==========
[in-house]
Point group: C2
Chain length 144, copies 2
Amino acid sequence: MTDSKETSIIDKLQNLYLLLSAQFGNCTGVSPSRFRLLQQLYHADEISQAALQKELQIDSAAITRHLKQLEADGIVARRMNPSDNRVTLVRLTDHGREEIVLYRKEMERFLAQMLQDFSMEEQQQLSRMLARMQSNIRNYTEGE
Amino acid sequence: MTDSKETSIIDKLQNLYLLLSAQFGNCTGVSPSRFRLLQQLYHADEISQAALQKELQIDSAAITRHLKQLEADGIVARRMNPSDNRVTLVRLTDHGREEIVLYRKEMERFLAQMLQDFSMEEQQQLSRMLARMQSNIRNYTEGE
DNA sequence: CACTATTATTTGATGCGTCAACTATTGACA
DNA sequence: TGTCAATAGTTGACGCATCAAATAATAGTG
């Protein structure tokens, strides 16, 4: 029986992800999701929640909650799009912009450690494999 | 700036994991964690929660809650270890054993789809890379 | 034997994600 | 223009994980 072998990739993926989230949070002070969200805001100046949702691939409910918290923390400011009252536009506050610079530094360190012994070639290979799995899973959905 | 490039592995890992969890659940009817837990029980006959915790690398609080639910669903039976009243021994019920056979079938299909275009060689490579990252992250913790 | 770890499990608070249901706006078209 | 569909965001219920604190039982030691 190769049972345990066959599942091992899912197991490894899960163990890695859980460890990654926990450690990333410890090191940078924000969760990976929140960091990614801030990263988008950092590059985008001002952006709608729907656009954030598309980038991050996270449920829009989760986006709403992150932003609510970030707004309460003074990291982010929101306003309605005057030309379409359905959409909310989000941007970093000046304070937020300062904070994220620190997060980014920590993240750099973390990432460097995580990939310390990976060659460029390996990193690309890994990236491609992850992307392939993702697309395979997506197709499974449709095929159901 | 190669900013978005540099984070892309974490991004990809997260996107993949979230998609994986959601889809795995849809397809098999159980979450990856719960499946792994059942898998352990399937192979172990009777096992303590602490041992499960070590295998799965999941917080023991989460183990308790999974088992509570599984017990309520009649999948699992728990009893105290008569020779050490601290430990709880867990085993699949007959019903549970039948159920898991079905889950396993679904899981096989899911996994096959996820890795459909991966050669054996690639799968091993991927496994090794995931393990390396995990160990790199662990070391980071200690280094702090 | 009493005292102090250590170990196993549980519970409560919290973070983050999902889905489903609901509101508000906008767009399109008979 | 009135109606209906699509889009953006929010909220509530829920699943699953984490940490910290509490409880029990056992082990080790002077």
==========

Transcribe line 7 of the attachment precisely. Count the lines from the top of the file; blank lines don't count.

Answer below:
DNA sequence: TGTCAATAGTTGACGCATCAAATAATAGTG